The fortieth anniversary of the Act of Free Choice provides an excellent opportunity for Inside Indonesia to reflect upon the events of that time and their continuing relevance today. The contested histories arising from that fateful vote – in particular concerning Papua’s status as a part of Indonesia – are at the root of ongoing conflict in Papua. Yet, for many years there was little documentation or discussion of the events of 1969.
Inside Indonesia is thus pleased to present over coming weeks a series of articles that consider the Act of Free Choice, its legal consequences and the viewpoints of Indonesians and Papuans on the event and its implications for Papua’s future.
The fortieth anniversary of the Act of Free Choice provides an excellent opportunity for Inside Indonesia to reflect upon the events of that time and their continuing relevance today
International lawyer Melinda Janki writes about the legal consequences of the conduct of the Act of Free Choice. Since 1969, Indonesia has represented the vote as signifying West Papua’s exercise of its right to self-determination, offering it as justification for the territory’s incorporation into the Indonesian state. After setting out the requirements for the legitimate exercise of self-determination in international law, she shows that the Act of Free Choice fell far short of those standards. As a matter of international law, she argues, the Act cannot justify Indonesian sovereignty over West Papua.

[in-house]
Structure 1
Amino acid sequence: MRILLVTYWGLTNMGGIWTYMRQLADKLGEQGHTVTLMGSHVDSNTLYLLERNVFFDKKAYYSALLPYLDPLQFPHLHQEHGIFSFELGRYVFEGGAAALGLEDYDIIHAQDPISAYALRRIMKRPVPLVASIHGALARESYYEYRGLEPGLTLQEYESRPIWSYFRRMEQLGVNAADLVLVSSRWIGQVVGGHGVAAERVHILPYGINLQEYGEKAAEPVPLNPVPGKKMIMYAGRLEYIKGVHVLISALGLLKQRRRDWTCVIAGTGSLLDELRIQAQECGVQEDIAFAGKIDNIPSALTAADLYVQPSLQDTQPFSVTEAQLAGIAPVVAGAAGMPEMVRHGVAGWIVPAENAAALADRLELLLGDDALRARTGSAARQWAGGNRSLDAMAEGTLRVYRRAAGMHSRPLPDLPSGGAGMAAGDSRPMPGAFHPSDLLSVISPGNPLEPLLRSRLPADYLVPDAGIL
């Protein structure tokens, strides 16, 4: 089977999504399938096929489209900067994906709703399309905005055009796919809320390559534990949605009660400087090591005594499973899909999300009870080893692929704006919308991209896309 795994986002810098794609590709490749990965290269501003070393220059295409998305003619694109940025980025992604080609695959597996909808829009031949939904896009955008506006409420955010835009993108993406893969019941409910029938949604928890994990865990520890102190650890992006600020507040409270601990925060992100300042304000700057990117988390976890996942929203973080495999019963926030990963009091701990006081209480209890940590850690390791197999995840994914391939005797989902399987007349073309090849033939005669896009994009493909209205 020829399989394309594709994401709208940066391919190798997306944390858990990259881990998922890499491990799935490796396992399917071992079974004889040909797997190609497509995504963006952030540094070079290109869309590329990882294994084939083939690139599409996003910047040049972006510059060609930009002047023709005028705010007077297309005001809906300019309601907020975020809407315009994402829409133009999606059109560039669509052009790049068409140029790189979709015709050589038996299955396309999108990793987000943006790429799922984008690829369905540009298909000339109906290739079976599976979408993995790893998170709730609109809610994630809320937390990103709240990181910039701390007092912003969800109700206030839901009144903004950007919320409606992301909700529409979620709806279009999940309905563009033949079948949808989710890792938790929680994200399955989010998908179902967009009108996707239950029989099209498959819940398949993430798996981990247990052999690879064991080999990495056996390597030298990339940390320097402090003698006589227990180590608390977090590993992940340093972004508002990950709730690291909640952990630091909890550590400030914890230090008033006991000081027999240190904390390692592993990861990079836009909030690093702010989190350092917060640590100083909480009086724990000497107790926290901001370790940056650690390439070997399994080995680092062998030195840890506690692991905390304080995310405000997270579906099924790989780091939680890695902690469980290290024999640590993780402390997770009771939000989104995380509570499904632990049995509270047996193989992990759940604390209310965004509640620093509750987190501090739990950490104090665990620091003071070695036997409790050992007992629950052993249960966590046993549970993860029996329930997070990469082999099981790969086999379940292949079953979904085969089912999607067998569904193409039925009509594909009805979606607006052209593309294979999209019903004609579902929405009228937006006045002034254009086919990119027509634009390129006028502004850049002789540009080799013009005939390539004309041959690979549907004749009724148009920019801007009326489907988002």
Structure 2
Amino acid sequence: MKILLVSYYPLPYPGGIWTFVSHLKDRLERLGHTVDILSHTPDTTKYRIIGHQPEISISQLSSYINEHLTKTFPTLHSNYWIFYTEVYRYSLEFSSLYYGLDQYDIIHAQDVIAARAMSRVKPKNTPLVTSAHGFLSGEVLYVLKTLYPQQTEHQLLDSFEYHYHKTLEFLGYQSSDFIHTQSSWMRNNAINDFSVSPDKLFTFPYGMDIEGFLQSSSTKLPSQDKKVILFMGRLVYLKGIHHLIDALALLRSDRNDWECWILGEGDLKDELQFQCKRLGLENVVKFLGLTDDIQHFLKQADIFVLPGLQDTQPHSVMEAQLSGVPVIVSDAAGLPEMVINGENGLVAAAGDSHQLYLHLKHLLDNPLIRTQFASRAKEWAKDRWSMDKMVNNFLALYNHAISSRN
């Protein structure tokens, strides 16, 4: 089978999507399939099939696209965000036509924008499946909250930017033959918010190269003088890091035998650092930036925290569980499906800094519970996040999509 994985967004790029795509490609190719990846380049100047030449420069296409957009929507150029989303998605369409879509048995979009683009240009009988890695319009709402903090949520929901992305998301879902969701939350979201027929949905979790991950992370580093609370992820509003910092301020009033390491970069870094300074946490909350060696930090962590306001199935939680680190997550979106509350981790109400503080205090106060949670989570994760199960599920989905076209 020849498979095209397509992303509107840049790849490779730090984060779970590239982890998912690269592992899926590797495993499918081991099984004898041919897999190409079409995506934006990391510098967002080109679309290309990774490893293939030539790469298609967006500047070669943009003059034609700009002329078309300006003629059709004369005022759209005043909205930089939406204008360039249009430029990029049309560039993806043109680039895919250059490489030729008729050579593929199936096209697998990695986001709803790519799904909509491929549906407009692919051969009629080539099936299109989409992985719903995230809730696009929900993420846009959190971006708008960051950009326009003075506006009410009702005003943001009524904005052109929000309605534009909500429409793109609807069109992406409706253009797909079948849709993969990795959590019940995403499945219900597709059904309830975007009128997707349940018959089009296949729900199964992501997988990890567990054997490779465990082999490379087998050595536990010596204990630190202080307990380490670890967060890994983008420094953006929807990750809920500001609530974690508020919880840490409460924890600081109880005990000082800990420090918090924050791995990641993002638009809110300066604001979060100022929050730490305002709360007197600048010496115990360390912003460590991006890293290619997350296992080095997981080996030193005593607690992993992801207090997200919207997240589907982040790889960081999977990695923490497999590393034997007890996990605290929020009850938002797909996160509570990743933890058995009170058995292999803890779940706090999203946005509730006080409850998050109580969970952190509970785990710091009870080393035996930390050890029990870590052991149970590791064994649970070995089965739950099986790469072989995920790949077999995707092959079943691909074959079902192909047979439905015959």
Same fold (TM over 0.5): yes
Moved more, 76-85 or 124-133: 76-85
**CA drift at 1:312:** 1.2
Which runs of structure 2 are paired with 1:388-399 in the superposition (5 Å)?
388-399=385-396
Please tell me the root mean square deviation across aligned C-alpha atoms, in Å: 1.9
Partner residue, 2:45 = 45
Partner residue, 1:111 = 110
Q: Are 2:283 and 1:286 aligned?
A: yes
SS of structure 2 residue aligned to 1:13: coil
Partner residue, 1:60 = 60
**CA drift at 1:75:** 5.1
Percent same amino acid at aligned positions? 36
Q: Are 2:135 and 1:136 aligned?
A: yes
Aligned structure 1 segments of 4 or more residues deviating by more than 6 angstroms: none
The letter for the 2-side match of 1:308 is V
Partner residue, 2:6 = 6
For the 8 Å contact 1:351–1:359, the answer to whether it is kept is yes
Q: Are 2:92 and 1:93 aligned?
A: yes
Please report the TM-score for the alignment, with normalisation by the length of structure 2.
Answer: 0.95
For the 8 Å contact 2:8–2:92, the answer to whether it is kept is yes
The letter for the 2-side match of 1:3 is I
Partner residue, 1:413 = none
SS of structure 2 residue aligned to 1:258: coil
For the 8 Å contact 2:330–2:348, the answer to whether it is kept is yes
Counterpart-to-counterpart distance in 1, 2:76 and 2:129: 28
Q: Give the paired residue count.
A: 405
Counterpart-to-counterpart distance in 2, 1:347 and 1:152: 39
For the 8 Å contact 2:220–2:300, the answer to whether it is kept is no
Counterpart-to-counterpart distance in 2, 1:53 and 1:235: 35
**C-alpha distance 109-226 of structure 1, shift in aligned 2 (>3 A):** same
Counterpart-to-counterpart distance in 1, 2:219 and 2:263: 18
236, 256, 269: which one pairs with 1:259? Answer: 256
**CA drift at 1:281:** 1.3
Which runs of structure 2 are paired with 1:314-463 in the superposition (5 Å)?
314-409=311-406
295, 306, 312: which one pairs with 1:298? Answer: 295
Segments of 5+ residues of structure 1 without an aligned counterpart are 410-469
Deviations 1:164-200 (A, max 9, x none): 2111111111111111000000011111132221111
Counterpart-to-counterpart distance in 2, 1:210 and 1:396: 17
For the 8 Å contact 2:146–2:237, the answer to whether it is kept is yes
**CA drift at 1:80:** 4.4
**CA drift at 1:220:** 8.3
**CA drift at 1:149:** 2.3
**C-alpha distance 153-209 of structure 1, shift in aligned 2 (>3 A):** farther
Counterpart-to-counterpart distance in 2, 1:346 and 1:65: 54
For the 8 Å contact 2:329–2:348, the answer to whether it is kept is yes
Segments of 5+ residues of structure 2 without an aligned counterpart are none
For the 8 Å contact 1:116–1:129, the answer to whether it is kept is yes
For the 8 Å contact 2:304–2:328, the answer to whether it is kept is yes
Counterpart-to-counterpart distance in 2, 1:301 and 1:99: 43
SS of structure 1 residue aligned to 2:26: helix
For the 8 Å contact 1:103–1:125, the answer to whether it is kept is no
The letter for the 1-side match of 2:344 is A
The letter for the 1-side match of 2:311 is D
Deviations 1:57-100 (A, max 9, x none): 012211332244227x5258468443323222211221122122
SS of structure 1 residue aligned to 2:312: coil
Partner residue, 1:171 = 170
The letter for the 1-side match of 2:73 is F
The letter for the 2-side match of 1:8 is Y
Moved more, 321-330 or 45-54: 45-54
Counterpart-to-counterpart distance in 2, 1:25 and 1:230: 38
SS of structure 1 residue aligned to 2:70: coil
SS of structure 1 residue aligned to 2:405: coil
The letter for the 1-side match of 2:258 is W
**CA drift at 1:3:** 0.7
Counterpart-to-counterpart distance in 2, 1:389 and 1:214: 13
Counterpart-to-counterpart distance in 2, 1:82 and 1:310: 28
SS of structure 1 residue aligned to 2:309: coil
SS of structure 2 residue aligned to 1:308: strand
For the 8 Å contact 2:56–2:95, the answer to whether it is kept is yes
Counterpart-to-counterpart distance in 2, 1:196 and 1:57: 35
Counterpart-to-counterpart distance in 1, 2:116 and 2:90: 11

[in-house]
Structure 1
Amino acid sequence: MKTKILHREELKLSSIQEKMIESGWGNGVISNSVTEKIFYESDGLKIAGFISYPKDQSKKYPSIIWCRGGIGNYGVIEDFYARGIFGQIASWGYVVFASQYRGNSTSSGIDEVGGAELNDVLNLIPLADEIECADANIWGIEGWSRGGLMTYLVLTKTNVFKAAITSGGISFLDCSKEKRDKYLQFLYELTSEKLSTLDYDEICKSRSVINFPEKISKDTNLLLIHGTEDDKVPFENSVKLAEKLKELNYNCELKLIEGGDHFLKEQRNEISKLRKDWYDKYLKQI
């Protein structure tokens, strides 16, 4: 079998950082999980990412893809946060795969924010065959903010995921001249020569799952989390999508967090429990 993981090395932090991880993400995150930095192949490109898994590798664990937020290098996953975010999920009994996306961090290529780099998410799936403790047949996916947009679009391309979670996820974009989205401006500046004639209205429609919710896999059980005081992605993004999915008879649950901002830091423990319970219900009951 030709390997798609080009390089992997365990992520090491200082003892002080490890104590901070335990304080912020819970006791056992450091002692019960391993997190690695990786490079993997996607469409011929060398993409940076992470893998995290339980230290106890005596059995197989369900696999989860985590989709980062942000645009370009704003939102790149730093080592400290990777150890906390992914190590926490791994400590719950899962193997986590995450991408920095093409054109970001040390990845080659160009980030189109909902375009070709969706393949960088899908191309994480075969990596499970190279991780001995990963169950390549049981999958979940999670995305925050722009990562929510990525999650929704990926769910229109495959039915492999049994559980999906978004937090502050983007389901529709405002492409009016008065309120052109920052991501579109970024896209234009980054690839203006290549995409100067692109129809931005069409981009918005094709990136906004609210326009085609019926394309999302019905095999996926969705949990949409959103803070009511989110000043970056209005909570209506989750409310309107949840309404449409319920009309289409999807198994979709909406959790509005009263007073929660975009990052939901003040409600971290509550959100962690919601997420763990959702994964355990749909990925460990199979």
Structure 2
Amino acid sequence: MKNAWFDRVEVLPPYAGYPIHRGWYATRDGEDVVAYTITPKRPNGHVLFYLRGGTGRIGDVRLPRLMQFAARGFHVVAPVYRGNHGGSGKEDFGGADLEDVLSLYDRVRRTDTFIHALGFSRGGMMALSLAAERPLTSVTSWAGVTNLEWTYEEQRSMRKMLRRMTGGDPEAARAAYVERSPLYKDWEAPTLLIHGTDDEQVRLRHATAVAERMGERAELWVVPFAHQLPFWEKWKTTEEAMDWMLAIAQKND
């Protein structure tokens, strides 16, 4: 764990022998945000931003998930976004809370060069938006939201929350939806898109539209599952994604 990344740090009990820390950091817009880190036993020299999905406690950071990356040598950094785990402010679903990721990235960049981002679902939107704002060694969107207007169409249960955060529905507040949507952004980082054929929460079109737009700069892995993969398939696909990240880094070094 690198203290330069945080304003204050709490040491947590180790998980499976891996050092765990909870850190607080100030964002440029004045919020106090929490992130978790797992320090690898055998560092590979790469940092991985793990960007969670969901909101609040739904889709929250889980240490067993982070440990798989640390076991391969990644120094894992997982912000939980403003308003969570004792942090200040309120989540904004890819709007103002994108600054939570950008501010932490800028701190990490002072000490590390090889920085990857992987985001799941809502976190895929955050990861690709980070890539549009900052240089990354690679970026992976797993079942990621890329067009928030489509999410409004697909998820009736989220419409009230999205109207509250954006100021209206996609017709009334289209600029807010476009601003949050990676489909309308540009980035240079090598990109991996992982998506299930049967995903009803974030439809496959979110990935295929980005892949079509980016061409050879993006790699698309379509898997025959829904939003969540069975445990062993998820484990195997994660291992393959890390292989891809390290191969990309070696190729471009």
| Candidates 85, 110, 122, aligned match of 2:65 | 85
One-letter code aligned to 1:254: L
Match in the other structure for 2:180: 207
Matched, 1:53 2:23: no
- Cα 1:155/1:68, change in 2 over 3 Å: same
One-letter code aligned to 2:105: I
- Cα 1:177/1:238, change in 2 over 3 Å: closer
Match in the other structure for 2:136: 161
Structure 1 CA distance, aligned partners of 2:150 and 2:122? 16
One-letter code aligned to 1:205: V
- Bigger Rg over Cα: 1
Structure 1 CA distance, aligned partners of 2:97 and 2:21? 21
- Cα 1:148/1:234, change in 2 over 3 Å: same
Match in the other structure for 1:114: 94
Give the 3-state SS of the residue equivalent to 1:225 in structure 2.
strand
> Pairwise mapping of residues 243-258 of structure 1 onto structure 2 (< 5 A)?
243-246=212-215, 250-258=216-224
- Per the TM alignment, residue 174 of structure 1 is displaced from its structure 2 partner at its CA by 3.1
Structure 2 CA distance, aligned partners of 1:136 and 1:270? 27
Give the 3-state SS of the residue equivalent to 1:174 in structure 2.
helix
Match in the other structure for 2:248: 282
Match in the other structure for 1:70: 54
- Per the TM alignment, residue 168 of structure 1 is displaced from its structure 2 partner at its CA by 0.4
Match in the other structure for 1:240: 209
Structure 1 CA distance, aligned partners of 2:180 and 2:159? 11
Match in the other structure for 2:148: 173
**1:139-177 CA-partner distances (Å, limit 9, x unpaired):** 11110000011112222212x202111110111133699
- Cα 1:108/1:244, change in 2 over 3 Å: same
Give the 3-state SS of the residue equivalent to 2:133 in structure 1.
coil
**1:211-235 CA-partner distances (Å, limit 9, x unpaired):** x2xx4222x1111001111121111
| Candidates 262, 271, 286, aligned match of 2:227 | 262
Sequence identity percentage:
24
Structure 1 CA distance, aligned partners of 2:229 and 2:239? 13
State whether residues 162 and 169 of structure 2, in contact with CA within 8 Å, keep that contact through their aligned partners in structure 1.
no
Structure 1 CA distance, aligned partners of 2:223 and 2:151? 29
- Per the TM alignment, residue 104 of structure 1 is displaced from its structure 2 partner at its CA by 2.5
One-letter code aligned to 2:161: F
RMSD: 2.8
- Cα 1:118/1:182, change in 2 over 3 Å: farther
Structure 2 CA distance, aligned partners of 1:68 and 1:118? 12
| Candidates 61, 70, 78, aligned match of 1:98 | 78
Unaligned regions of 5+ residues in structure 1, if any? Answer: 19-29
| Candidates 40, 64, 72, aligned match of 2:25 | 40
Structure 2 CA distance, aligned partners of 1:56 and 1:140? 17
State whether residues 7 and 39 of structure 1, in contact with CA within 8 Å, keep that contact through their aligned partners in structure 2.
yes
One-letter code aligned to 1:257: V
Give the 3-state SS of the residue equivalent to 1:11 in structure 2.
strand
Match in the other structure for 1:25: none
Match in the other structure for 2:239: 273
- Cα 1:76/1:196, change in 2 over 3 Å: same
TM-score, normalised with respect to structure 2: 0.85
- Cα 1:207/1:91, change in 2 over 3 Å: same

Professor Pieter Drooglever , author of an independent study of the Act of Free Choice commissioned by the Dutch government in 2000, provides an overview of his findings about the vote and the political circumstances prevailing at the time, considering the roles of the Netherlands, Indonesia, the US and the UN. He explains how his study focuses on Papuan sentiments on the transfer and gives voice to those views, and he reflects on the intense political controversy caused by his study and the criticisms he received in Indonesia.